Eight Examples of Workers Compensation Fraud

Many Fraudsters Are Caught and Prosecuted

Insurance fraud is pervasive in workers' compensation. The perpetrators may be employers, employees, providers or virtually anyone else involved in the workers compensation system. Here are some actual cases of fraud.

Old Habits are Hard To Break

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Some employers attempt to reduce their workers' compensation premium by misclassifying employees or underreporting payroll. An Ohio man did both of these multiple times.

The man operated a tree-trimming and landscaping business in Ohio, a monopolistic state in which all workers' compensation policies are issued by the Ohio Bureau of Workers Compensation (BCW). In 2005, the man was convicted of forgery, tampering with records, and failure to buy workers’ compensation coverage. In 2012, the BCW learned that he was misclassifying his workers as independent contractors and under-reporting his payroll. In response, the agency instructed the man on how to report his payroll properly.

In 2015, the BCW discovered the man was up to his old tricks, misclassifying workers and underreporting payroll. The BCW charged him with workers compensation fraud and ordered him to pay $17,000 in restitution. 

Patients for Sale!

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Workers compensation fraud can be especially lucrative when the perpetrators are professionals acting in concert. In Southern California, a group of attorneys, physicians, chiropractors, medical goods providers, marketers, and even a sleep specialist participated in a scheme in which they diverted over $200 million from the workers compensation system.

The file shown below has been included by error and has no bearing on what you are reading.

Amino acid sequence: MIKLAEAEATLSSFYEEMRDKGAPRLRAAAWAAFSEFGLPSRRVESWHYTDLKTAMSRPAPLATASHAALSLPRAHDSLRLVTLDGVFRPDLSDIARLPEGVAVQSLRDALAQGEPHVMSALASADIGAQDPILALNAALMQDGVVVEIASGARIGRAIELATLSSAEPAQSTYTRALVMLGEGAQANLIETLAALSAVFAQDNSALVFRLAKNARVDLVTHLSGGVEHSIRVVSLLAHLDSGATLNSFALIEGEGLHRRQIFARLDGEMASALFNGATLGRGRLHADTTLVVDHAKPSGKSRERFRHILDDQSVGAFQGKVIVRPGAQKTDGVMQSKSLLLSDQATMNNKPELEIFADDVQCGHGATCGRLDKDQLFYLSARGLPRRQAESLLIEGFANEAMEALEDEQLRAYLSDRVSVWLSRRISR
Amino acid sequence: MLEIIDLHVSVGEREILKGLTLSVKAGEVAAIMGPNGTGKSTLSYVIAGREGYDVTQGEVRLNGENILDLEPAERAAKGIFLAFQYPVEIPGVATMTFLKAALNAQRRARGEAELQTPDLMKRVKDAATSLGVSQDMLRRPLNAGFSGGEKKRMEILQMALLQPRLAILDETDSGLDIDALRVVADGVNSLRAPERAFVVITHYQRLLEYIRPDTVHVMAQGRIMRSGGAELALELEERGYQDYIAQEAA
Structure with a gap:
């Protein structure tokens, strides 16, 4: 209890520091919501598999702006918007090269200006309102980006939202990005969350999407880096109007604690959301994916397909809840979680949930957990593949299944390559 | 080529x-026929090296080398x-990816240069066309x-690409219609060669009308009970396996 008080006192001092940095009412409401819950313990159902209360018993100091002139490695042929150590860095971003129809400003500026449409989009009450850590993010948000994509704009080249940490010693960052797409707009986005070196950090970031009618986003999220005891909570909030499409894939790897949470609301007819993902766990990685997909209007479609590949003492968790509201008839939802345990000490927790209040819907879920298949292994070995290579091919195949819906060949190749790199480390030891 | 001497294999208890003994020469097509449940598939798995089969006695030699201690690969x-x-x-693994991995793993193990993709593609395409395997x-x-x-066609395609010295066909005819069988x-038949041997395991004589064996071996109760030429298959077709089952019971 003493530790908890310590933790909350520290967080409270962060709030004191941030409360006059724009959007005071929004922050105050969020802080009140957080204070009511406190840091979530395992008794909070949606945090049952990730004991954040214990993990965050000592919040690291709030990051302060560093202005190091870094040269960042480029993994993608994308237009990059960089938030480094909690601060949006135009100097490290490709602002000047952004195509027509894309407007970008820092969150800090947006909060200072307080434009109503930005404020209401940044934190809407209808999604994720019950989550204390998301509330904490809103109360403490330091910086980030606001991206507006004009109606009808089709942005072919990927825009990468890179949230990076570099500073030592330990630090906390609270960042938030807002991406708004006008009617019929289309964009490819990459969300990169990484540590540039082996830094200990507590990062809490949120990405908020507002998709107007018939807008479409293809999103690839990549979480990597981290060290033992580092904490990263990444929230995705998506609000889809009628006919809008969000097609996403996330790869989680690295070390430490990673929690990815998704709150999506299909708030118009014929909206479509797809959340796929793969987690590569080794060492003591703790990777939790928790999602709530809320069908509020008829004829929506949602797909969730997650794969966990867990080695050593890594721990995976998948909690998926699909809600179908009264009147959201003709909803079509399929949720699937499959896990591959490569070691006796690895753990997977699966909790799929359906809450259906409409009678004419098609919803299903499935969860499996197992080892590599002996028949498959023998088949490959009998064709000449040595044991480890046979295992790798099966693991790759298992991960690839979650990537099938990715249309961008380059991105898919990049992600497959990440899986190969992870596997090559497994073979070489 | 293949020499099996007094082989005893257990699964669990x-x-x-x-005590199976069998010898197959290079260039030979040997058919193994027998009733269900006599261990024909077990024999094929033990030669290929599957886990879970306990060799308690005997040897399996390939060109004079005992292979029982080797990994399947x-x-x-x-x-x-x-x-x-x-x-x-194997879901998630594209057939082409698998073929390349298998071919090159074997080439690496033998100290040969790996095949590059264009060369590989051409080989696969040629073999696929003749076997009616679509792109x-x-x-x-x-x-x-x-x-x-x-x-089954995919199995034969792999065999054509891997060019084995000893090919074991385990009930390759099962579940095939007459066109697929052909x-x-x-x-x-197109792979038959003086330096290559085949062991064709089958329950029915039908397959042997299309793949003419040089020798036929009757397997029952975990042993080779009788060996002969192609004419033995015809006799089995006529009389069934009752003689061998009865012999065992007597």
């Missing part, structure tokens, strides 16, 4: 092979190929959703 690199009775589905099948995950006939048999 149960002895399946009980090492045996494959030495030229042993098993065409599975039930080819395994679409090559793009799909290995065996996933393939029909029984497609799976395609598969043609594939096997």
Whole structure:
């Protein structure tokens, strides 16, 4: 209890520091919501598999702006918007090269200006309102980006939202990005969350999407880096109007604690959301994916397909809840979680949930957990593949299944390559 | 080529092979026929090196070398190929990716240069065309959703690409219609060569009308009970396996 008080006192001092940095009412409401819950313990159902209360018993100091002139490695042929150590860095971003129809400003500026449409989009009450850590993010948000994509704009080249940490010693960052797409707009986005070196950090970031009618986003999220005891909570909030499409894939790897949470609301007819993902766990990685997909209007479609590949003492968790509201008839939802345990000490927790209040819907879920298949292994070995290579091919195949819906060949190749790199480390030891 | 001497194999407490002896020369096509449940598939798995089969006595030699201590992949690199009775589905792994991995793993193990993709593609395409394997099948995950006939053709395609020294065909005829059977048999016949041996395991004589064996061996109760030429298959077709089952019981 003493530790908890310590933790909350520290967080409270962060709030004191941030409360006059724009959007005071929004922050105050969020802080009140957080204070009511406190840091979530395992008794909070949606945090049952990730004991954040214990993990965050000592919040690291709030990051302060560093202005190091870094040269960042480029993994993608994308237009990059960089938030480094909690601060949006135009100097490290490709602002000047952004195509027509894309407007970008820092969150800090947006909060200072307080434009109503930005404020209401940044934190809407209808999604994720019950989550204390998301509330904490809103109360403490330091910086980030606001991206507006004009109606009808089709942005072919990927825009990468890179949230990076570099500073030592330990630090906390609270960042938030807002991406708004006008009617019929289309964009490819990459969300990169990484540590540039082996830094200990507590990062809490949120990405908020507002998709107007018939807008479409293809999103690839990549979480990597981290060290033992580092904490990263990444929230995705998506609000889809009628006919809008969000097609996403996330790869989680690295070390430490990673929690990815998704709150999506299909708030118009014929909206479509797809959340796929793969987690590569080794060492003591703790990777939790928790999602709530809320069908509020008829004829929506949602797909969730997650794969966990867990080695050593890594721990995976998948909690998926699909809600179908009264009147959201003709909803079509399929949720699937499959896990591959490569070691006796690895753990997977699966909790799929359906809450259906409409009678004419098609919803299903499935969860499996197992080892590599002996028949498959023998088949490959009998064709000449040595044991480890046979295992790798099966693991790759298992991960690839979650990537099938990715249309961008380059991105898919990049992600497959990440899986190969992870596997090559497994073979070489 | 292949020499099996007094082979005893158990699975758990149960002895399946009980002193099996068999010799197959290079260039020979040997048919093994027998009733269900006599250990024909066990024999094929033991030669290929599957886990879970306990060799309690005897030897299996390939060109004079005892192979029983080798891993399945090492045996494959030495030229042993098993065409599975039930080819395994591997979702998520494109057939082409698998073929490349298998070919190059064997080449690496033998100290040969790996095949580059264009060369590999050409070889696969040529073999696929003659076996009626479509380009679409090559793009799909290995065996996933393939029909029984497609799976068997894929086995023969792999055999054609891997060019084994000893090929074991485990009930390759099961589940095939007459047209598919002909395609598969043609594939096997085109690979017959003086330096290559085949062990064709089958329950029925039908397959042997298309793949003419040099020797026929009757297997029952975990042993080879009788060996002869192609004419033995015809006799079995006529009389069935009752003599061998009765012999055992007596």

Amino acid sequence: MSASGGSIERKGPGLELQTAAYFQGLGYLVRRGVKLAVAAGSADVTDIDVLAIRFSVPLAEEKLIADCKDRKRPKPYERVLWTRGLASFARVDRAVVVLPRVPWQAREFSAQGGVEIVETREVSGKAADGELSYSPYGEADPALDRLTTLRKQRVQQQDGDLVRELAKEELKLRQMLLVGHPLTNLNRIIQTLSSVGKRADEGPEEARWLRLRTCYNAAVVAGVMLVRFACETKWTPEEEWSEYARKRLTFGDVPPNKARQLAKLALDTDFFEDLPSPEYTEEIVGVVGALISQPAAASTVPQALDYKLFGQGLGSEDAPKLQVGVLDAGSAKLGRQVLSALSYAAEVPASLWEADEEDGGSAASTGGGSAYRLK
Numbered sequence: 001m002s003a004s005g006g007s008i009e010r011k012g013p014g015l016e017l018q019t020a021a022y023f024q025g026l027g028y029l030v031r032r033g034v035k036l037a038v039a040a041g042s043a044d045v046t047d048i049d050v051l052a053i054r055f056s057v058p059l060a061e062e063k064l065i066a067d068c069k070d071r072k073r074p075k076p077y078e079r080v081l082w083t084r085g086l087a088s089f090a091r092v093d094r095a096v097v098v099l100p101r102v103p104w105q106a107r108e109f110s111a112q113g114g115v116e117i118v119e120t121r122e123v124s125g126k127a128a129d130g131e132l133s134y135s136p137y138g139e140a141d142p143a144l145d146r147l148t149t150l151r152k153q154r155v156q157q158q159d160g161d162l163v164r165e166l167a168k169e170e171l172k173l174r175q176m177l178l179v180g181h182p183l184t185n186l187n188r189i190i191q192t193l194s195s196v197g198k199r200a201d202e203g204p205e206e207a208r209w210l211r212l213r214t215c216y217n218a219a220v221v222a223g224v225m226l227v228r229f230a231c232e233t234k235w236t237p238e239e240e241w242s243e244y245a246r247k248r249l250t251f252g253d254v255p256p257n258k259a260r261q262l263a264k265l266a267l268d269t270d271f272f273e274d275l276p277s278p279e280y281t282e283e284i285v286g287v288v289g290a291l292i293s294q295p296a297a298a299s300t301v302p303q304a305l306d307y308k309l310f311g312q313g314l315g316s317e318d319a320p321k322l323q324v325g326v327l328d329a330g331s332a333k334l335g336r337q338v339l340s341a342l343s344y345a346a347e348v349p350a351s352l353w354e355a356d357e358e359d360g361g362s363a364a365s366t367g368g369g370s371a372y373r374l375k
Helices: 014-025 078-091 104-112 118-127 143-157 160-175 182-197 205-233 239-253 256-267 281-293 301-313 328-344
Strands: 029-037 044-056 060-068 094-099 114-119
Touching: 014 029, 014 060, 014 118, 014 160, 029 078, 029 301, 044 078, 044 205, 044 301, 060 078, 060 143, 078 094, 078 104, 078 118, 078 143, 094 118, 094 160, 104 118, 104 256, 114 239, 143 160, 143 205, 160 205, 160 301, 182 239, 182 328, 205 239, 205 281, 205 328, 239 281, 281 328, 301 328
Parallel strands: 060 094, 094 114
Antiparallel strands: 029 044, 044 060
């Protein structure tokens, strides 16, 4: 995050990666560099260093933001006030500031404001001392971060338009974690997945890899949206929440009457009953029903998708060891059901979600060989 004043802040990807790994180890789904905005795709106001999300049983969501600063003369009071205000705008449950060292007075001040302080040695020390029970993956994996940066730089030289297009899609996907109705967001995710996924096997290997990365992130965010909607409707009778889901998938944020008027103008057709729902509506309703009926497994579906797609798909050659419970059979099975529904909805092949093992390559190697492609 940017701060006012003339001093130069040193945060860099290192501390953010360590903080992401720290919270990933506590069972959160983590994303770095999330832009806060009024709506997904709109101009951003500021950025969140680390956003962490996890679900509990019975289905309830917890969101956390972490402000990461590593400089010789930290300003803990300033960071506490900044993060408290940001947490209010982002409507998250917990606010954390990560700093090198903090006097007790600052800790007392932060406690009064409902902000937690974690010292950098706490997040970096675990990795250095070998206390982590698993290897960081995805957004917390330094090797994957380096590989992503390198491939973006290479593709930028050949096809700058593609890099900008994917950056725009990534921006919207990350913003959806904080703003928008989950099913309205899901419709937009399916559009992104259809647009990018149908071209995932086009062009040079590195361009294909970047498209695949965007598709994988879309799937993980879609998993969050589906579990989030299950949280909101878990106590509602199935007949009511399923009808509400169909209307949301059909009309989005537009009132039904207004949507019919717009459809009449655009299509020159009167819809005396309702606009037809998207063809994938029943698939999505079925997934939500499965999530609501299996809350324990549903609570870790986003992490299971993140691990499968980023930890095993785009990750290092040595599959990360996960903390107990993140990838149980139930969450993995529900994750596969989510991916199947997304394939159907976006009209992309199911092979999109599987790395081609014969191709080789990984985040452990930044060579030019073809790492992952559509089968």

Two ringleaders employed marketers to recruit workers, many of whom were migrants, to file workers compensation claims against their employers. The marketers then "sold" the claimants to crooked attorneys, doctors, and other healthcare professionals in exchange for kickbacks. The ringleaders set quotas the providers were obligated to meet. For instance, a physician might be required to order at least $600 worth of medical tests or treatments for each claimant.

The perpetrators exchanged wads of cash concealed in envelopes, magazines, and even a baby shower bag. The group was eventually caught and by July of 2019, 37 people and entities had pleaded guilty or been convicted by a jury.

So What If I Don't Have a License!

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While some fraudulent medical providers prefer to act as a group, others like to work alone. In 2011, the Ohio Bureau of Workers Compensation prosecuted a man for operating a medical evaluation business without a license. The man had lost his medical license in 1991 when he was convicted of illegally processing drug documents. Even so, he continued to operate his business for twenty years. While the man had contracted two licensed physicians to perform disability exams, the BWC determined he was performing many of the exams himself. The man was convicted of insurance fraud and order to repay the BWC over $100,000.

Insurance Policy for Rent!

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Some employers are creative, finding new ways to commit workers' compensation fraud. Two Florida men and an accomplice "rented out" their workers compensation policies to other businesses.

First, one of the men created a construction company for which he purchased a workers' compensation policy. He then directed his insurance agent to send certificates of insurance to various contractors and subcontractors. These businesses employed hundreds of workers but didn't buy workers compensation insurance. They simply used the certificates as false evidence of coverage. The companies didn't pay their workers directly. Instead, they wrote payroll checks to the construction company, which used the funds to pay the workers (without making deductions for state or federal taxes).

Eventually, the Florida Department of Financial Services served the construction company with a Stop-Work Order for underreporting its payrolls. The company owner fled the country. Yet, the fraud continued when the second man created another construction company that he insured for workers compensation. That man and his accomplice then continued the workers compensation policy "rental" business. The scheme finally came to an end when the U.S. Attorney's office filed indictments against the three men.